Cover art for Joshuah Bearman's article, "Coronado High."
The sleepy beach town of Coronado in San Diego County is the last place you might imagine to be the birthplace of an international drug ring, but that's exactly what it turned into during the summer of 1969.
Dubbed the Coronado Company, a drug ring made up of pot-smoking surfers and former high school Spanish teacher, Lou Villar, as the mastermind smuggled bundles of marijuana over the border in Tijuana. Within 10 years, the operation became a $100 million empire, making it the largest pot smuggling ring on the West Coast.
Writer Joshuah Bearman, best known for his Wired article "The Great Escape," which was the inspiration for the Oscar-Winning movie "Argo," recently published a piece about the Coronado Company for The Atavist called "Coronado High."
For "Coronado High," Bearman interviewed Villar and a number of other people involved, including DEA agent who finally unraveled the network. Hollywood has already come knocking for the story, and George Clooney set to work on adapting it into a feature film.
Bearman joined Take Two to talk about how he came upon the story of "Coronado High," who the main players are and why they're actually lucky that they finally got caught.
On how the Coronado Company came to be:
"Originally there was this guy named Lance Weber, whose nickname was "The Wizard." Everybody had nicknames back then. Apparently in the '70s nicknames were the rage, we don't have them anymore. I feel jealous like we do need nicknames. Lance had washed out of the Navy but was kind of a grease monkey.
"He was the first guy to build a lowrider bicycle and he'd cruise around the beach all stoned with his hair blowing in the wind smoking a joint. He went down to Mexico and sort of wound up at the Long Bar in TJ which was "The Joint." He got ahold of a block, brought that over, converted it to money and then started scaling up just with his friends. He lived in this big Victorian house called the yellow house...they would work on VW bugs in the alley and then go to the beach at night and see the light of Tijuana twinkling across the water and it was beckoning to them."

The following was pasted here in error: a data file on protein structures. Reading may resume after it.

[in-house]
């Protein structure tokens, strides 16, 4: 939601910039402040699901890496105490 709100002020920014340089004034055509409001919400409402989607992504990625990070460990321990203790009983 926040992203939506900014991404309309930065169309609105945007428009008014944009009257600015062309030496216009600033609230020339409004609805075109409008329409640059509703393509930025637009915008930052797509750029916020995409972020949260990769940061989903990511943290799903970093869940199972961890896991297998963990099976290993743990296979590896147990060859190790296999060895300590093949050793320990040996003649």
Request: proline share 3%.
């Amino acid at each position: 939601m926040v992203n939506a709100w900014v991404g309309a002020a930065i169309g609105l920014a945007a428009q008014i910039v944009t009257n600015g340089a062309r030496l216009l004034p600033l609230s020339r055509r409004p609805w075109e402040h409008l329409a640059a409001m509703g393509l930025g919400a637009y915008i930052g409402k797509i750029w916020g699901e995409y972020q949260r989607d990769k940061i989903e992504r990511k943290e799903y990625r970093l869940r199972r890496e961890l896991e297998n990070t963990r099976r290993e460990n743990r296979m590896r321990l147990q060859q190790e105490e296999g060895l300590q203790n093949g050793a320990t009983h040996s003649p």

On who Lou Vallar was and how he became the company's ring leader:
"Lou had been the Spanish teacher at the high school, and also he had coached the basketball team for a year and the swim team for a year. He was sort of a beloved teacher he started teaching when he was 25 or something. He was a young, charming, handsome guy, he was Cuban by birth grown up in New York.
"By the time that Lance started doing the drug smuggling operation Lou had dropped out like everybody else and was hanging the beach, smoking joints and roasting pigs in luaus, reading carols castaneda and then lance saw him and said 'uh hey man you speak Spanish right?' and Lou said 'yeah" and he said 'Well lets go down to Mexico and make these deals'."
"The reason why Lou wound up the ring leader is because he just had this instinctive charism and charm and it's important to say that the Coronado Company never dealt with guns or had any violence this is sort of before all that. Lance always called Lou "golden tongue" because he could talk his way through anything."
On how it was lucky that the Coronado Company fell apart:
"James Conklin, who's the DEA agent who tracked them down, for years said that essentially they were lucky to have gotten busted at this time. They got busted in the early '80s, which is when real organized crimes was coming into pot smuggling. I kind of imagine it sort of like the "Boogie Nights" of the pot trade because this was a time when the pot trade was innocent really and they were all innocent."
On why it's such a great story:
"Besides just being a true crime story and this crazy smuggling tale, it's like a coming of age story, because it starts with the exuberance of youth and the '60s and the '70s and all bets are off and we're throwing over the establishment and who needs rules and the sexual revolution. Eventually they'd run aground on the realities of adulthood where there are consequences and people disappoint one another and those consequences turn out to be really hard."